Wednesday, February 14, 2007

In The Artist's Studio

I sometimes get emails from students who are writing reports on artists of one style or another, and one of the common questions asked is to describe my studio/workspace. I'm not sure I understand the fascination, but here's a photo, which I hope will help set the scene.

On the easel is a painting I started in -I think- summer of 2005. It has undergone a few changes since I began it, and here is the finished version:


On the chair is a painting I eventually finished as well, and you can see it here:

On the chair!

(Of course, you'll have to scroll down to see them...I don't know how to link to exactly the right post)

As you can see, my set-up is fairly rudimentary and mundane. My tools are simple and so, sadly, is my chair. But I have music and sunshine and trees outside the window. Beyond paint, brushes and something to work on, that's all I really need (my family would argue food, water and rest were also kind of important, but those are details, right?

When I get stumped, or I feel like I've been too long pouring out the energy, I'll try to pump some back in. I play the guitar (badly), and I go for walks (excellently), and above all, I try to keep my sense of humour intact, such as it is.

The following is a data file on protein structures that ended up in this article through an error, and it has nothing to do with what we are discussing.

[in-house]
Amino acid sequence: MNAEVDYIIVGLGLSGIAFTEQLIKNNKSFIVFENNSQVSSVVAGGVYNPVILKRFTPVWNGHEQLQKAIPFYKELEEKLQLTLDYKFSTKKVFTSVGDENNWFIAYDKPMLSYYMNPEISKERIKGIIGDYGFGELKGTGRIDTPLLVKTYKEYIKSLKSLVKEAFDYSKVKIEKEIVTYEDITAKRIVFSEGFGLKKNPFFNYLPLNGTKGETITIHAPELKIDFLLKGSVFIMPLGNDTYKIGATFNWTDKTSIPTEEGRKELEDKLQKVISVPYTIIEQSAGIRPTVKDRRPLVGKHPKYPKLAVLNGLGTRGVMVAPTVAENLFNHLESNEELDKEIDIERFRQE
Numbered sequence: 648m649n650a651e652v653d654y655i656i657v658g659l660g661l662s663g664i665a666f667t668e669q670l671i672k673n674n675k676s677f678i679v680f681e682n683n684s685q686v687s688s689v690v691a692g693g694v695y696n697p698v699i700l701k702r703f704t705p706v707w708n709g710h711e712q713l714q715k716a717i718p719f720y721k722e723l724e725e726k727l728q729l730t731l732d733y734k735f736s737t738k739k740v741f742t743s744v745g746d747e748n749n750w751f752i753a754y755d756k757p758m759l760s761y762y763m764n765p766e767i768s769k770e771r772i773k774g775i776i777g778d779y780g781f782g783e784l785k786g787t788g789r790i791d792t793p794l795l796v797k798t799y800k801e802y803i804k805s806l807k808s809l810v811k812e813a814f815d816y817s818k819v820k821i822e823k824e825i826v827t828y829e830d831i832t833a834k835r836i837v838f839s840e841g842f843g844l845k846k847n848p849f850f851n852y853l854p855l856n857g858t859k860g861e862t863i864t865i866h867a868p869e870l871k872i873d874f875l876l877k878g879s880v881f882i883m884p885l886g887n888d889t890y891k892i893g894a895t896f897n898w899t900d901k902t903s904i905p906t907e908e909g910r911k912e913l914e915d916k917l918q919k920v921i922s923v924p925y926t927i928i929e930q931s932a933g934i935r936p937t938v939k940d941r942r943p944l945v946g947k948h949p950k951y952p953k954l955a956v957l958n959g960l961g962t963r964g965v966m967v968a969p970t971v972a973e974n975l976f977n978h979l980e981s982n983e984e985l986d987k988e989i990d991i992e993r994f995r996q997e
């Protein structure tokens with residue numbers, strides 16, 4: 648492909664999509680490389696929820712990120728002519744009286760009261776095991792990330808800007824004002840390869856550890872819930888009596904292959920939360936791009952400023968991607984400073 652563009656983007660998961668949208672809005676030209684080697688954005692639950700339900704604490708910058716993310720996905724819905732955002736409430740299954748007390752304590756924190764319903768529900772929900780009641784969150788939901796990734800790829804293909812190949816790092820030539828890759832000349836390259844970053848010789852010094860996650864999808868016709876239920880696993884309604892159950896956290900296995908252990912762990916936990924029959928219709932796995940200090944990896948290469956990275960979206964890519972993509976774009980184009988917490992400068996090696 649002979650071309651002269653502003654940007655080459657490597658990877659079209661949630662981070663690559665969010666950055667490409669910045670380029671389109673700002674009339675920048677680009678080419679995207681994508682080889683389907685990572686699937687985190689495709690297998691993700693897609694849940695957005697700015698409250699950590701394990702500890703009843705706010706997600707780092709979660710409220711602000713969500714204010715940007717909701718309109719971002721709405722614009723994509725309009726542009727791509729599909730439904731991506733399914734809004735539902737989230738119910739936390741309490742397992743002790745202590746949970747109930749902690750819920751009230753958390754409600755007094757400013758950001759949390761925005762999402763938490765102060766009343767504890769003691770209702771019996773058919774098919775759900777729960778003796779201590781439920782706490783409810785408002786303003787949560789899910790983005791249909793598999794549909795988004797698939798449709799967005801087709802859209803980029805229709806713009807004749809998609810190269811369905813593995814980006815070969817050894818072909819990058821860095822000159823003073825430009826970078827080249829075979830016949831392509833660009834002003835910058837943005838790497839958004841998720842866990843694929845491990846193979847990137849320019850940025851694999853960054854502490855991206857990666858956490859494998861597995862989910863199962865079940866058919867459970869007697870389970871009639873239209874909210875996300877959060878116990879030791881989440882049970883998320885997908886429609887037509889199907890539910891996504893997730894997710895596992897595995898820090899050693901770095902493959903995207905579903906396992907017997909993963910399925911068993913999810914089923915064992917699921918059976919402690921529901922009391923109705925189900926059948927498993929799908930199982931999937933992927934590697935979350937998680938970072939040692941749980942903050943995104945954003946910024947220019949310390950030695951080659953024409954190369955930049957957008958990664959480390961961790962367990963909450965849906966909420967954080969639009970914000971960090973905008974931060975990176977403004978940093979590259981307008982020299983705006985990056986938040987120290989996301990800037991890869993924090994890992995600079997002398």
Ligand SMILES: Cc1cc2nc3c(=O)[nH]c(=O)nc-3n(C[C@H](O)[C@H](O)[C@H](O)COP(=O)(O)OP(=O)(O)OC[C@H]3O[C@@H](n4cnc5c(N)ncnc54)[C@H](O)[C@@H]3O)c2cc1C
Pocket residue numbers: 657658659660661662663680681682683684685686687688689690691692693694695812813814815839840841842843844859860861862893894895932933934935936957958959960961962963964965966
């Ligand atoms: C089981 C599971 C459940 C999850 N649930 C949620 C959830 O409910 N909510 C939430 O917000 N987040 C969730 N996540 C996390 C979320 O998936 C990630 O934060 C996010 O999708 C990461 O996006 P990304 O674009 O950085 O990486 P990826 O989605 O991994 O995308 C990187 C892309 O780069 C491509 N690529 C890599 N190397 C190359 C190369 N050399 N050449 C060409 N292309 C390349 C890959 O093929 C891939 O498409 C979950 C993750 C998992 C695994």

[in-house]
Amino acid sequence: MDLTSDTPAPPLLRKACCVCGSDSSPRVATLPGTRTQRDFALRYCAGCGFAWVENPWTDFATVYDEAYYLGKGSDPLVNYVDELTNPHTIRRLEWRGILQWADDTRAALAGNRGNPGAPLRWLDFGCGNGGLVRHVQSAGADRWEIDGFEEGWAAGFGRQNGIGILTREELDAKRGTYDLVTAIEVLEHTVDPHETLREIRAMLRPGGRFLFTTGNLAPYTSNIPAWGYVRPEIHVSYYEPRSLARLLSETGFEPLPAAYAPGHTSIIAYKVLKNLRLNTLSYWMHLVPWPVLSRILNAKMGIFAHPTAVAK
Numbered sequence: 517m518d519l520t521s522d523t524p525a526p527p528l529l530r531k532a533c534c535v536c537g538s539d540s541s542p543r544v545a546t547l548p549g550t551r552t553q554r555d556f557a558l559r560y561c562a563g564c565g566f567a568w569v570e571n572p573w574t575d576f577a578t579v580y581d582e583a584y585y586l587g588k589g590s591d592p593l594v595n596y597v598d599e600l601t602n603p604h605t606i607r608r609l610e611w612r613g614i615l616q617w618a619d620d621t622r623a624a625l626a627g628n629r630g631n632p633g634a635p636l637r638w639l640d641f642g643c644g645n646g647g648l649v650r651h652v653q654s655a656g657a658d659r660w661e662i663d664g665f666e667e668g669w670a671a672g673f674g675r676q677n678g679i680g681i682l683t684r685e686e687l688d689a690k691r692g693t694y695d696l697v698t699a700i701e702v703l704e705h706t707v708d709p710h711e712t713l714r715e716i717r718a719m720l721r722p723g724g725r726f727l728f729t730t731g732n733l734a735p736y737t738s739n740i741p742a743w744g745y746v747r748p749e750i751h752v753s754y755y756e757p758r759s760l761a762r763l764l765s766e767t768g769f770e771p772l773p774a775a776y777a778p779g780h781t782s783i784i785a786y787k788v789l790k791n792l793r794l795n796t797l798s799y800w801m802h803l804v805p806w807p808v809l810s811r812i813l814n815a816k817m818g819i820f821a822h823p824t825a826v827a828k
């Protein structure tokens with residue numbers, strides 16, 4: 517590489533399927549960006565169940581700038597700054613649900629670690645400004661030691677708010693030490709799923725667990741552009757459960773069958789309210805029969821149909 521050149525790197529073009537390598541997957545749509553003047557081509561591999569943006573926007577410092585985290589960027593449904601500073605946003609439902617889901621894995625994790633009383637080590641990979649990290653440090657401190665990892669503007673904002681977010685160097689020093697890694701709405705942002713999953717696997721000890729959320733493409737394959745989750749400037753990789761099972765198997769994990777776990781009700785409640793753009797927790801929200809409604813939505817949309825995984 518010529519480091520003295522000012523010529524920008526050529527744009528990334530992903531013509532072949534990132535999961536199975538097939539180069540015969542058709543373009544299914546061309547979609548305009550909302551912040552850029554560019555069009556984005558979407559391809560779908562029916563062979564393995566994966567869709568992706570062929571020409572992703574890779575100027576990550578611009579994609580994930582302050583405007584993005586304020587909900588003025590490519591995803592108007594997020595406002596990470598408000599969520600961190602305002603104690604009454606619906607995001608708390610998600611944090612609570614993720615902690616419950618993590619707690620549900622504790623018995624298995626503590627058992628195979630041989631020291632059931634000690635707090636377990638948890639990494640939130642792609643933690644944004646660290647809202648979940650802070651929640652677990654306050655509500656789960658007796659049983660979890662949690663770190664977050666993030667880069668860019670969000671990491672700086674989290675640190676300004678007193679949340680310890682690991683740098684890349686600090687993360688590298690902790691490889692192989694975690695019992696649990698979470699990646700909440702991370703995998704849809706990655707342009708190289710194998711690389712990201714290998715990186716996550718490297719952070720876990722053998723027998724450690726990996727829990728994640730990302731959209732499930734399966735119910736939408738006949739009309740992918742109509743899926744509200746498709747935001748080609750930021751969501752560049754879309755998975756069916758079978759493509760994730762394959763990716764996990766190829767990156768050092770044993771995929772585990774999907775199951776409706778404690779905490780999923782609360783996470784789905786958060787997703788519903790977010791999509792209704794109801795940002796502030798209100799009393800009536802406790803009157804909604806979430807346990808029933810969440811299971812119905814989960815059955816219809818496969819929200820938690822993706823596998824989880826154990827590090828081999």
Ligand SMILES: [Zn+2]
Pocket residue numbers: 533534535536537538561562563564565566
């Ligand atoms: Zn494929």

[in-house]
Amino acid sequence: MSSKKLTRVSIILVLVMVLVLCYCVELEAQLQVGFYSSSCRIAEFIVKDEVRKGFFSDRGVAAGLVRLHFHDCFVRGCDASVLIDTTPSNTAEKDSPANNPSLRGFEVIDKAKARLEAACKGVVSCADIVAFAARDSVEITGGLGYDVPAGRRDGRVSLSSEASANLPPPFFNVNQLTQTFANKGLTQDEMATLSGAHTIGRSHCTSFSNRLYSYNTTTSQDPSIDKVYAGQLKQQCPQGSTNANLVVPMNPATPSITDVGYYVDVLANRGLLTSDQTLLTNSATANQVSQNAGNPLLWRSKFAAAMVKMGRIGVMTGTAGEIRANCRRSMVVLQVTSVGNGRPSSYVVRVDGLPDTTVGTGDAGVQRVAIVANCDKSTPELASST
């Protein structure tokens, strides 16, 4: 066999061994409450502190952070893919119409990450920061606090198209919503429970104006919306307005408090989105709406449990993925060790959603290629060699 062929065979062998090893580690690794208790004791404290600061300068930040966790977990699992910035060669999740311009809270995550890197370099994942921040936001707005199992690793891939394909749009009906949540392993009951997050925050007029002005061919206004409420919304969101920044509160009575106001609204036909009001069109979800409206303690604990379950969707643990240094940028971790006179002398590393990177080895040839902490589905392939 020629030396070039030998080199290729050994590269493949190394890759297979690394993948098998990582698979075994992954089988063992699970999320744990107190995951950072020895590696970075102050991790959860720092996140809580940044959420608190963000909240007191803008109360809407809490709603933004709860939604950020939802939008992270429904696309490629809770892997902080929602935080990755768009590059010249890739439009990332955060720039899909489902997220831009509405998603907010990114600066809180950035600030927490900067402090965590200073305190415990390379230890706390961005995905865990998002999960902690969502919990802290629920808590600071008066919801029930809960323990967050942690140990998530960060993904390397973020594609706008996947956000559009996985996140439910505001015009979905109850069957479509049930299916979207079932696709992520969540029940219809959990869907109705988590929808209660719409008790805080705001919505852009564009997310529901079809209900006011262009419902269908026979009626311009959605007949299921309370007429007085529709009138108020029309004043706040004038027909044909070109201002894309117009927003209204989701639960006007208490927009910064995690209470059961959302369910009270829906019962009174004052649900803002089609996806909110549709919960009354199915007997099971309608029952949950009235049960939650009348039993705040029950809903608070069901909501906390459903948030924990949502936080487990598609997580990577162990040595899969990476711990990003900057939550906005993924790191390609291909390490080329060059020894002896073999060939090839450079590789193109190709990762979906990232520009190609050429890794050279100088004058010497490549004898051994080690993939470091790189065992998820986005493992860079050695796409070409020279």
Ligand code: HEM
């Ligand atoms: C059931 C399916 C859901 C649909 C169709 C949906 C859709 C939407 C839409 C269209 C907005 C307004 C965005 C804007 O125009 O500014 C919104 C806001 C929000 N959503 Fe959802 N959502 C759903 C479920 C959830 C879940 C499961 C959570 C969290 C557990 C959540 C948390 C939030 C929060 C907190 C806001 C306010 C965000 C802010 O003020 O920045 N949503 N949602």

That last bit, it can throw people when they meet me. There seems to be a perception that I live in the clouds and should be either romantically serious or stolidly dour. It may come to that, but in the meantime I want to get as much happiness out of my days as possible.

There is a whole lot to get sad over. There is no shortage of sorrow or suffering in the world. Injustices can be found by opening a newspaper...or walking out the door. Somehow, I don't think allowing anger about these things to become the pervasive response of choice is going to help anything.

In dark times, all anyone needs is light.

Sounds a little too simple? Could be...but like any family, mine has had it's share of tragedy and disaster. Like many, my siblings and I grew up with lives of love and terror intermingled.

Do you turn a blind eye to the bad? That's kind of a ridiculous thing to do -pretending something didn't or doesn't exist...crazy. And that's where you'll get to if you try that.

The big lessons I learned from my relatives is that laughter is what keeps you together, both as a family, and as a person. You could cry about a lot of things, but to be able to see the lesson and smile, that's what a person who is really serious about life learns to do.

It's what I try to do.

And most of that effort takes place in a room of sunlight and windows - a canvas on the easel, and a paintbrush in my hand.

And a smile. Don't forget that.


Anonymous said...

Aaron! You still have my favourite painting! I think it might be waiting for me.


Aaron Paquette said...


PG said...

I love seeing workspace, even though I get studio envy! And I get intrigued by the bits of work peeking out, like the raven (?) in the hat.

Aaron Paquette said...


Yup, it's a raven. You get studio envy...anyone who looks over your journal gets location envy. A gorgeous little cottage in the middle of a lush, rolling countryside replete with wildlife...and mushrooms!